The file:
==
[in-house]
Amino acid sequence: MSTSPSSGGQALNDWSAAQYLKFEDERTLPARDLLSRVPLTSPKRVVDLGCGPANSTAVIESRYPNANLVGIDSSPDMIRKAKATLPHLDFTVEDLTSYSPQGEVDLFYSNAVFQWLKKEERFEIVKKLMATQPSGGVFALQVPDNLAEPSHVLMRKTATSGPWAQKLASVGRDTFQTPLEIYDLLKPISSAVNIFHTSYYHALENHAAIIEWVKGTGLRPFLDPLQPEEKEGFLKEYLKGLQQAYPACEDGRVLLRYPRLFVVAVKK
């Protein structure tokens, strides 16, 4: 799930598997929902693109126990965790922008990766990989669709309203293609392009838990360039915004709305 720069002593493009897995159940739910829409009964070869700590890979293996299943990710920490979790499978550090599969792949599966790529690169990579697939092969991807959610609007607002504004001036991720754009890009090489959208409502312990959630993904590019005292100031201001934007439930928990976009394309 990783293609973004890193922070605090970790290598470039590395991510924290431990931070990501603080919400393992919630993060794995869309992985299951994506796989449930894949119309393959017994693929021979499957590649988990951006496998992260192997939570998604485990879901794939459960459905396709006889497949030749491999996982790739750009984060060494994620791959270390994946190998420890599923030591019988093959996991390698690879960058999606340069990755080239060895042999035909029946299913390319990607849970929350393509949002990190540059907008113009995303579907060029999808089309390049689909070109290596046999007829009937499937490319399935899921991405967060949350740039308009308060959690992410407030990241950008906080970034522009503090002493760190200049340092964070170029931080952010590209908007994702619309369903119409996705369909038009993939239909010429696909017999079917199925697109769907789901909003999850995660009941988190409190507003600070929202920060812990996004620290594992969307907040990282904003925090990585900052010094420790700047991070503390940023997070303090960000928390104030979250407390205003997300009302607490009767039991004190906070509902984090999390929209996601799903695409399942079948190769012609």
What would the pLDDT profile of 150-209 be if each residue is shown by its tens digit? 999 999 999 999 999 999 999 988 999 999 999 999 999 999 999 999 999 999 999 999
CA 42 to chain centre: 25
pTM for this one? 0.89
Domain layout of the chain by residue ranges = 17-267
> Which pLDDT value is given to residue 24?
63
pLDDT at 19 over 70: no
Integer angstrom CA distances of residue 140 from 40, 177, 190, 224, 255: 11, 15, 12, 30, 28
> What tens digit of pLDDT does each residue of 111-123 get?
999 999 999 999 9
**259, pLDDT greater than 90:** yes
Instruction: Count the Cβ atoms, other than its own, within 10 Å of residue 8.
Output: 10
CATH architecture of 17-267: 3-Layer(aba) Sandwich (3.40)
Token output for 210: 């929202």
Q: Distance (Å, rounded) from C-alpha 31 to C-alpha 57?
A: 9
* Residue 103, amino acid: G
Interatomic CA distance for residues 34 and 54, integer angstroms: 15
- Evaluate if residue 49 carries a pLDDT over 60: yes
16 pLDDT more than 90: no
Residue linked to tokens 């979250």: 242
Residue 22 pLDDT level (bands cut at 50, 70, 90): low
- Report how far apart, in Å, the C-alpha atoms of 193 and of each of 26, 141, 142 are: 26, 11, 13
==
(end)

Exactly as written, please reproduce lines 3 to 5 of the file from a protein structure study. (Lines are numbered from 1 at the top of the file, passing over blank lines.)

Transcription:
């Protein structure tokens, strides 16, 4: 799930598997929902693109126990965790922008990766990989669709309203293609392009838990360039915004709305 720069002593493009897995159940739910829409009964070869700590890979293996299943990710920490979790499978550090599969792949599966790529690169990579697939092969991807959610609007607002504004001036991720754009890009090489959208409502312990959630993904590019005292100031201001934007439930928990976009394309 990783293609973004890193922070605090970790290598470039590395991510924290431990931070990501603080919400393992919630993060794995869309992985299951994506796989449930894949119309393959017994693929021979499957590649988990951006496998992260192997939570998604485990879901794939459960459905396709006889497949030749491999996982790739750009984060060494994620791959270390994946190998420890599923030591019988093959996991390698690879960058999606340069990755080239060895042999035909029946299913390319990607849970929350393509949002990190540059907008113009995303579907060029999808089309390049689909070109290596046999007829009937499937490319399935899921991405967060949350740039308009308060959690992410407030990241950008906080970034522009503090002493760190200049340092964070170029931080952010590209908007994702619309369903119409996705369909038009993939239909010429696909017999079917199925697109769907789901909003999850995660009941988190409190507003600070929202920060812990996004620290594992969307907040990282904003925090990585900052010094420790700047991070503390940023997070303090960000928390104030979250407390205003997300009302607490009767039991004190906070509902984090999390929209996601799903695409399942079948190769012609």
What would the pLDDT profile of 150-209 be if each residue is shown by its tens digit? 999 999 999 999 999 999 999 988 999 999 999 999 999 999 999 999 999 999 999 999
CA 42 to chain centre: 25